Application for Consent to Assign and Sublet - Landlord's Checklist
Stephen Newson
Posted on 20 Oct 2015

Protocol for Application for Consent to Assign and Sublet – Landlord Checklist

Consent to assign and sublet is necessary in the vast majority of leases, the Property Protocols website, a source of high-quality, free professional advice covering various aspects of the property industry, recently published a protocol to deal with Applications for Consent to Assign or Sublet and this article has summarised the key points for landlords as a checklist.

Landlord's checklist: 

What information should you get in respect of the proposed assignee or undertenant?

  • Consider the strength of their business and be prepared to ask for bank statements, accountant's references or proof of three year's profits.  
  • Is there likely to be a parent company or other guarantor? If so, you will need to ask for the same information for them.
  • Get some idea of whether the assignee will want to sub-let or share with another company.

Have you received an application for consent from your tenant? Your best next steps are:

  • Acknowledge the application within 5 working days.  Use this response to ask for missing information or let the tenant know that you will need time to make your own investigations. 
  • If you in turn have a landlord to deal with, first, check the terms of your own lease. This should tell you if you need to seek consent from your landlord. If so, it's best practice to pass the application on within 5 working days. If you cannot give consent without your landlord's permission then communicate this to the tenant.
  • Give your final decision in writing, and respond with further information on that decision if the tenant asks.
  • The key concept for a landlord in all of this is that of 'reasonable' behavior.  This is what a Court would look at should a tenant feel their application had been treated unfairly.  Every application will be different, but regardless of the complexity, amount of information or urgency, bear in mind that responses should be prompt, balanced and considered.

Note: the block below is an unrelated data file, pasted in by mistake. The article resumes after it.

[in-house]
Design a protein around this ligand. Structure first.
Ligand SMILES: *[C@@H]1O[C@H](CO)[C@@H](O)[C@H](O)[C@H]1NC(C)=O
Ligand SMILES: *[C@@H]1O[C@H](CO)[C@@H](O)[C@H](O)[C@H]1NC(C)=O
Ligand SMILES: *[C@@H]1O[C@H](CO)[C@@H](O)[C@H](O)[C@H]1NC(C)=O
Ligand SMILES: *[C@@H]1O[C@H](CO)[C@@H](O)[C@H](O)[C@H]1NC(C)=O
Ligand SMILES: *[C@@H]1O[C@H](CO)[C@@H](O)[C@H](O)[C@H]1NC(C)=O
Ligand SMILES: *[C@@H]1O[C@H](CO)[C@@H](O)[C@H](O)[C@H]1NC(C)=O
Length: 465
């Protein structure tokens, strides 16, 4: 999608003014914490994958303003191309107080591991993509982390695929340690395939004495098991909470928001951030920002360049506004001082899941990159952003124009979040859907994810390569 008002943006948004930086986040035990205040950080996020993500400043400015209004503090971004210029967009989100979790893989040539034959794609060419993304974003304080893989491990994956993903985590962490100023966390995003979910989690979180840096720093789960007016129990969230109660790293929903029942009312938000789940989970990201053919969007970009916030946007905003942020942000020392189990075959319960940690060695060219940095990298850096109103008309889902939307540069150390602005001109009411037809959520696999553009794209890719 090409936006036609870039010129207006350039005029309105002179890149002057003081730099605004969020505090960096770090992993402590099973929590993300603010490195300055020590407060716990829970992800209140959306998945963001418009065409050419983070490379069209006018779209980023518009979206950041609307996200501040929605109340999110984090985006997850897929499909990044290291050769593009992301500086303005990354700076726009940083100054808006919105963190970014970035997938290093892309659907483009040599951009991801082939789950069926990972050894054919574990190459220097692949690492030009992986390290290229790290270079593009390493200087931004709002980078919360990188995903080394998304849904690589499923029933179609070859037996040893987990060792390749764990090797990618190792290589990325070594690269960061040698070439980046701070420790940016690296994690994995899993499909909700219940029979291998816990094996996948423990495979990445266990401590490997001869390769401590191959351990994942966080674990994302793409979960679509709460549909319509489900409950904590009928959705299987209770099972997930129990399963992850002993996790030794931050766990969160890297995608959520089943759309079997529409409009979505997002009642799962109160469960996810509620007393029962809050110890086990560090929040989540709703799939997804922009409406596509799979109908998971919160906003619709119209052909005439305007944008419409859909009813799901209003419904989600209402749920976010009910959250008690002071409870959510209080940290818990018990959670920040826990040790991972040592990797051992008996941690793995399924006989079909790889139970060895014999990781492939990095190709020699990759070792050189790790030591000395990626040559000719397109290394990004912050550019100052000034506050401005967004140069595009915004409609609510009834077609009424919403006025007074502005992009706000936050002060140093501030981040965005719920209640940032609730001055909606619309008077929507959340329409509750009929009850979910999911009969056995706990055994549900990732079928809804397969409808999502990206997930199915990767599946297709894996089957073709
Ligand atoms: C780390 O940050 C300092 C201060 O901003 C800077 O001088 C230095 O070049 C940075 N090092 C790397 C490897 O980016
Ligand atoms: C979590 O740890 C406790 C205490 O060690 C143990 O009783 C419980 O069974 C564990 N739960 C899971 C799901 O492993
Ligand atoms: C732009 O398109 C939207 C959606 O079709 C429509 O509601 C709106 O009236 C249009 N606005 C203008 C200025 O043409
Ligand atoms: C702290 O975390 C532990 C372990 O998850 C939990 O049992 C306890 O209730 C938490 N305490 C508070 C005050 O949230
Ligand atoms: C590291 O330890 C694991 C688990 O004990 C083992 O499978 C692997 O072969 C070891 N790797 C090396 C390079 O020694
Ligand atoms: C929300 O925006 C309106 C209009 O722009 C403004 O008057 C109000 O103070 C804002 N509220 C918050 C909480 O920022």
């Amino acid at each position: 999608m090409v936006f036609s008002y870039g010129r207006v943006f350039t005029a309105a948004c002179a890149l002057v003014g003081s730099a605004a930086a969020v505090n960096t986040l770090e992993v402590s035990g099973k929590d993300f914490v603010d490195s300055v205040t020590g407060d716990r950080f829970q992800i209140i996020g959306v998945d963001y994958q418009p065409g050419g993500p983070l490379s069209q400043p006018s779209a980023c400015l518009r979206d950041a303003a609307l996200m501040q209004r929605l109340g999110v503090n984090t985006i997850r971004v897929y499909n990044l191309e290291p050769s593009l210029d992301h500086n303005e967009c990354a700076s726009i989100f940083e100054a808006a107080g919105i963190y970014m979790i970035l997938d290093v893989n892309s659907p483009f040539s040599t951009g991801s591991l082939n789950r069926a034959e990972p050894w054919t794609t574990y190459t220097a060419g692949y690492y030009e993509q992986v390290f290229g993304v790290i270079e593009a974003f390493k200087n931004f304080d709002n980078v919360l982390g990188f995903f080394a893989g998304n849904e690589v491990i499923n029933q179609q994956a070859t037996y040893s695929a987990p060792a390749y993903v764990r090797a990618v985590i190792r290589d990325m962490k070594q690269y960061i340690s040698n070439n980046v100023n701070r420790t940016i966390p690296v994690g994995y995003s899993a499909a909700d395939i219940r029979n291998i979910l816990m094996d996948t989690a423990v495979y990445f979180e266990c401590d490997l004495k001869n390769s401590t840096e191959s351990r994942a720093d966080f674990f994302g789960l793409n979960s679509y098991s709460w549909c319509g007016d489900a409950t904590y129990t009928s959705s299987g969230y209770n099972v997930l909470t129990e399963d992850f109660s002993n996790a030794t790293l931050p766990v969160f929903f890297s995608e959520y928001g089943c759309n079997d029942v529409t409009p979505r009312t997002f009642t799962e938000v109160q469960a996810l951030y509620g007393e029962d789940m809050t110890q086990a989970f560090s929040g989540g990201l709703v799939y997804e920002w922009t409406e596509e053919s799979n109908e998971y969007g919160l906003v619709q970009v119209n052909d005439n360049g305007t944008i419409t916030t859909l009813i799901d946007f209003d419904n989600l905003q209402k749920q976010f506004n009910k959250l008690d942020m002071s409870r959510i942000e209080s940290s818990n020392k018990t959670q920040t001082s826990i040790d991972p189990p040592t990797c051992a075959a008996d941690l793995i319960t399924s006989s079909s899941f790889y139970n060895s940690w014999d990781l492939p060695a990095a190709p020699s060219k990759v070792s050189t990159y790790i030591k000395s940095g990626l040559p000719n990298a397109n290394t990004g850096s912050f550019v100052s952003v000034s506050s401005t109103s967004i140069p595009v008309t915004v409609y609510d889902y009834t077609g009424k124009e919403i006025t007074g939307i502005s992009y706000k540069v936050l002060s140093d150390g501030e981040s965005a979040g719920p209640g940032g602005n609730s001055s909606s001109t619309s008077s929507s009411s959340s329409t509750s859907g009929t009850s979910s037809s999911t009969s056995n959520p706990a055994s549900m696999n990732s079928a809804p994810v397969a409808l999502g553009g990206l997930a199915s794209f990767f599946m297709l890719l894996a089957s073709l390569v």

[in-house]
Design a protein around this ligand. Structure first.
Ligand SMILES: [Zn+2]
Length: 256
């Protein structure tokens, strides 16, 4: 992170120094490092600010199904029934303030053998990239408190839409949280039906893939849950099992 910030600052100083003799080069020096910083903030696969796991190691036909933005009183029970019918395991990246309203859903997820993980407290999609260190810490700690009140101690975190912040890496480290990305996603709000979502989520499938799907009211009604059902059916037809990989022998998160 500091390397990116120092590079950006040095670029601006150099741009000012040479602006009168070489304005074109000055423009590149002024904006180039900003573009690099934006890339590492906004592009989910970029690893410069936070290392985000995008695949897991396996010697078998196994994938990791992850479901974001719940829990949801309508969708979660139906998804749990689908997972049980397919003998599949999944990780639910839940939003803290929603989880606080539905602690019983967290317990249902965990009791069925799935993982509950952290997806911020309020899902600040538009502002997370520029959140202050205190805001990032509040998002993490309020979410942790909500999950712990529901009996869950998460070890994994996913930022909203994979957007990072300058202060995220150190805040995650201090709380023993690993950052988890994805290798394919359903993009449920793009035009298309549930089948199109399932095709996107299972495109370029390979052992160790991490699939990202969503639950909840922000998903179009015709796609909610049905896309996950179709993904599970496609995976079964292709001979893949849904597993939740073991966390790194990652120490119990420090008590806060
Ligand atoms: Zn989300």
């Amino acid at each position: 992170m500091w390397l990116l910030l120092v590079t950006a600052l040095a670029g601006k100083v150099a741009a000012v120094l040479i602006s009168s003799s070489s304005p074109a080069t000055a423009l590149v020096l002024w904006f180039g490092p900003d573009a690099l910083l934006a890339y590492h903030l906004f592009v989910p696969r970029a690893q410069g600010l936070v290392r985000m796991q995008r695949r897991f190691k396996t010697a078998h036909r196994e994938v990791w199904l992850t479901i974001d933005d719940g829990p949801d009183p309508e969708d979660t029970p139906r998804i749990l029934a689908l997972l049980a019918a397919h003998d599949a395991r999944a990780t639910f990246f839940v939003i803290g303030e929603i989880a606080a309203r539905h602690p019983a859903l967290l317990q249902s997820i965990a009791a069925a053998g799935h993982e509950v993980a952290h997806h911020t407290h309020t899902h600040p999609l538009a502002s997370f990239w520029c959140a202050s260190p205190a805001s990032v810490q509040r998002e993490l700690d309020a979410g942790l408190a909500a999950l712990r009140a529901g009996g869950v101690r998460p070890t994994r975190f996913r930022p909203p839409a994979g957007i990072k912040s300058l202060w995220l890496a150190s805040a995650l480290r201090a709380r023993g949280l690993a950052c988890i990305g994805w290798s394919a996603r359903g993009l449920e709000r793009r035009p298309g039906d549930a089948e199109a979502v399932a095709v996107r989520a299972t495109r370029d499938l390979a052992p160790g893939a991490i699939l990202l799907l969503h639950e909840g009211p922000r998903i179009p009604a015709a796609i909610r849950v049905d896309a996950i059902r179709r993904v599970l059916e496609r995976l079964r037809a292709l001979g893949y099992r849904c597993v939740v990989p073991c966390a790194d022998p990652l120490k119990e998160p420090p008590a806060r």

If the consent process breaks down or goes wrong, consider:

  • Alternatives to litigation. Court proceedings are expensive, lengthy and unpredictable.  If a tenant feels that they have been treated unfairly they can consider:
  1. Arbitration by a lawyer.  There are specialist arbitrators who can work at resolving such matters.  Similarly, an experienced solicitor, barrister or surveyor can be instructed to give an expert decision.
  2. Mediation. Again, there are specialist firms and independent lawyers who can moderate the disagreement and help both parties to a conclusion.
  • Those interested in finding out what can happen when steps are missed could look at E.on UK Plc v Gilesports Ltd.  In this case an application for landlord's consent was sent by e-mail from the tenant's solicitors to the landlord's managing agent.  The court decided that the request by e-mail was not enough to trigger the landlord's statutory duty to consider the application, as the notice was not served in accordance with the provisions of the tenant's lease.  Shortly after providing financial information for the assignee the tenant assigned the lease without the landlord's consent.  The assignee was unable to pay rent and the landlord sought to recover it from the tenant on the basis that no consent was given for the assignment.

    The tenant argued in court that that the landlord had unreasonably delayed and therefore should be deemed to have consented.  This was rejected as notice had not been correctly served and the delay was not so great as to be unreasonable by commercial standards.

  • The lesson from this is that it is vital to read and respect the terms of the lease, and that consent to an assignment cannot be taken for granted.